Weekly Magazine

 

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THIS WEEK

MUSIC: ENSEMBLE MONTEREY and CANTIAMO! CABRILLO perform “Song of Praise,” in Carmel and Santa Cruz. PIANIST JEREMY DENK brings his art to Sunset Center. SANTA CRUZ CHORALE (pictured above) sings “Handel, Bach & Purcell” at Holy Cross. TERENCE BLANCHARD returns to Kuumbwa. THEATER: MPC THEATRE opens The Adventures of Robin Hood. JEWEL THEATRE opens The Odd Couple on May 2. CHERRY CENTER opens Jane Press’ My Mother’s Keeper. THE WESTERN STAGE launches Emma! A Pop Musical. For links to these live events, click our CALENDAR or the ads, left.

CAN MUSIC SET YOU FREE?

“SONGS IN THE KEY OF FREE” is a new project designed for prison inmates. Click HERE

A GOOD REASON TO BE IN PHILLY THIS SATURDAY

THE REVIVAL of Frank Zappa’s Yellow Shark. Click HERE

WHY MUSICIANS NEED PHILOSOPHY

FUTURE SYMPHONY INSTITUTE’s Roger Scruton makes the argument. Click HERE

ELGAR, THE MAN BEHIND THE MASK

Elgar 81wCSQaVb8L._SL1500_AT LONG LAST John Bridcut’s superb documentary of the most talented and enigmatic English composer of the early 20th Century, Edward Elgar, is now available on DVD. BBC aired it in 2010; two of its most authoritative interviewees, biographer Michael Kennedy and conductor Colin Davis, have since died. The Venezuelan conductor Natalia Luis-Bassa persuaded the Simon Bolivar Orchestra to perform Elgar’s Second Symphony, a work they had never heard but fell in love with. Bridcut exposes a musical genius, tormented with being born low class yet craving a peerage, vainglorious and manipulative, and drawn to younger female muses to the bitter humiliation of his wife. In the years before his death in 1934, Elgar could already see that he would be swept aside by a wave of Stravinsky and Schoenberg modernism. But he is now gaining long-deserved recognition as the “English Mahler.” The composer of “Enigma” Variations, the Pomp and Circumstance Marches, The Dream of Gerontius, The Apostles with its sympathetic portrait of Judas Iscariot, Sospiri, his deeply personal reflections on World War I, and the similarly inspired last completed major orchestral work, the Cello Concerto of 1919.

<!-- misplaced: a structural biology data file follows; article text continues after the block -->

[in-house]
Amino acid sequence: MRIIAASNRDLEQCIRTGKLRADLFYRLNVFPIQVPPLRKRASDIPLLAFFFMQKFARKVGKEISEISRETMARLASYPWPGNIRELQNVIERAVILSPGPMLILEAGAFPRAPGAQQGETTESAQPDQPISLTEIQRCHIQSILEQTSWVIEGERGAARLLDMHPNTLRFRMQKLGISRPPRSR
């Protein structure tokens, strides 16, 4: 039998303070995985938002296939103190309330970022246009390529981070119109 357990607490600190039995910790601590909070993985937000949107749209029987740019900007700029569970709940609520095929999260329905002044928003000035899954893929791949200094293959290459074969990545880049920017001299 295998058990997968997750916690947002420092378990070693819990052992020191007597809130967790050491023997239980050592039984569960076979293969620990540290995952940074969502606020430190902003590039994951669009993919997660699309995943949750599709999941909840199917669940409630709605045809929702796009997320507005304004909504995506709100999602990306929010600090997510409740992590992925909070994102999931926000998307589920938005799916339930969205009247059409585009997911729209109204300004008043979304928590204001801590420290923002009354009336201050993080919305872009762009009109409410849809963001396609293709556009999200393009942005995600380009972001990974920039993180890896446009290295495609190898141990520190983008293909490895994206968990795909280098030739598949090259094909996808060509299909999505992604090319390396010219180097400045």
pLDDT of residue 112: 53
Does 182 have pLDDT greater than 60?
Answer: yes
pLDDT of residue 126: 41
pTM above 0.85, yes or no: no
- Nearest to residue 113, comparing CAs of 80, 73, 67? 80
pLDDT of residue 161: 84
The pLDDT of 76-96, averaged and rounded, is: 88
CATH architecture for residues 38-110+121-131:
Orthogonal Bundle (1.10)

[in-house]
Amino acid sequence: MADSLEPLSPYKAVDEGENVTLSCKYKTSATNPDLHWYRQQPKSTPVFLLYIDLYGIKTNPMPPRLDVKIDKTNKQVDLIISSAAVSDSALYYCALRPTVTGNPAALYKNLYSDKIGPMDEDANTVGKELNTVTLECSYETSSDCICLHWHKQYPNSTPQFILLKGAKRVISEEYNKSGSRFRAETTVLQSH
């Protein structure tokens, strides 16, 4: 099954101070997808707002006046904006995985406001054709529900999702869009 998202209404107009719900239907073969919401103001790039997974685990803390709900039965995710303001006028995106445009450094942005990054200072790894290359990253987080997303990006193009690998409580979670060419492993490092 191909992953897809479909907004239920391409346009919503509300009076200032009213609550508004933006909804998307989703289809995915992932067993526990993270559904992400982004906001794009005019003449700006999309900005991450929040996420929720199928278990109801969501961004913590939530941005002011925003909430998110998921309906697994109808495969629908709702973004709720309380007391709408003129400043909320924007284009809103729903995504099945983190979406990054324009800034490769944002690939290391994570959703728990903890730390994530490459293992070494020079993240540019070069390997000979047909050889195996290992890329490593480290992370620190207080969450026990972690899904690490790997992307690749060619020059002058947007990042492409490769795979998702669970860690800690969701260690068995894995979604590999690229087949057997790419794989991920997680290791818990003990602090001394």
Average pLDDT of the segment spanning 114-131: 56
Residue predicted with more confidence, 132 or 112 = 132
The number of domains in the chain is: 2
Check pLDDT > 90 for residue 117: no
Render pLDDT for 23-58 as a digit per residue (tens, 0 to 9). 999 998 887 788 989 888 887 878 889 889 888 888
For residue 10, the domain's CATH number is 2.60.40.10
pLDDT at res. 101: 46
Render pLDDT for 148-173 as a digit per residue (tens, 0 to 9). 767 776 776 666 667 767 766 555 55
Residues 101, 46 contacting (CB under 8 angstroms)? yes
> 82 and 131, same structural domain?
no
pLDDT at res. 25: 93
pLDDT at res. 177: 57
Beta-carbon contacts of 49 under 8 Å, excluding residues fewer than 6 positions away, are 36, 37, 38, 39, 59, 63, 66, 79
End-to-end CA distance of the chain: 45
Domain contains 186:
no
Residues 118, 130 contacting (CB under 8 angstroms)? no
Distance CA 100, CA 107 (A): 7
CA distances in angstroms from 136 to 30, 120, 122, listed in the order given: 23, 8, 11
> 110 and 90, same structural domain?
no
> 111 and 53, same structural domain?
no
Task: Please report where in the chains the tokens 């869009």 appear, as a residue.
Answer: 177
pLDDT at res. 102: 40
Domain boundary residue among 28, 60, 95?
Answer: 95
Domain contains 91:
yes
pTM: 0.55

“WE NEED A NEW ROMANTICISM”

SO SAYS science writer and biologist Jim Kozubek. Click HERE

TRIO VITRUVI

VitruviSCHUBERT’s Piano Trio in E-flat, is one of two great piano trios composed over a span of in two weeks in 1827 that are two of the most bewitching masterpieces of the early 19th century. This one, the more dramatic, gets an outstanding reading in this new Bridge Records release. Schubert was a master of suspense and the four-movement work is loaded with it, gushing with a flood of spontaneous ideas, mottoes and themes. Schubert also recycles the material using guile and disguise. Music from the second movement, Andante, shows up in the long (19 minutes) final movement which, here, uses the original version now gaining favor over the shortened one Schubert was persuaded to write for publication. With that, and the generously phrased opening Allegro, the performance overall comes in at 50 minutes. (I listened to the CD three times before I finally timed its “heavenly length,” as Robert Schumann described Schubert’s “Great” C Major Symphony.) But what makes it seem shorter is personality, the exuberant pleasure expressed by all three executants, violinist Niklas Walentin, cellist Jacob la Cour and pianist Alexander McKenzie. Except for occasional cameos, string quartets rarely encourage individuality among their players. Not so for piano trios, especially this one. There is revelry at every turn. I 300px-Da_Vinci_Vitruve_Luc_Viatouremailed violinist Niklas Walentin asking him to explain the name Vitruvi. He graciously responded, that it “was inspired by the writings of the Roman architect and philosopher Vitruvius, whose ideas about proportions, beauty, structure and the relationship between the natural and human worlds we found particularly relevant to the musical universe.” He added, “We also like the sound and rhythm of the name.” (See Leonardo’s famous Vitruvian Man, left.) Rounding out the disc is the surviving movement from an unfinished piano trio from the same time period, now known as “Notturno,” an utterance both haunting and intimate. SM

THE APOLLO EXECUTIONER

BEEN BOOED off the stage? You can always come back and try again.

 

 

 

 

 

 

FRESH REVIEW

MONTEREY SYMPHONY with Juan Pérez Floristán. Click HERE

NEXT WEEK

SANTA CRUZ SYMPHONY performs Gustav Mahler’s “Resurrection” Symphony with guest soloists & Cabrillo Symphonic Chorus. JEWEL THEATRE opens Neil Simon’s The Odd Couple at the Colligan.

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Scott MacClelland, editor; Rebecca CR Brooks, associate editor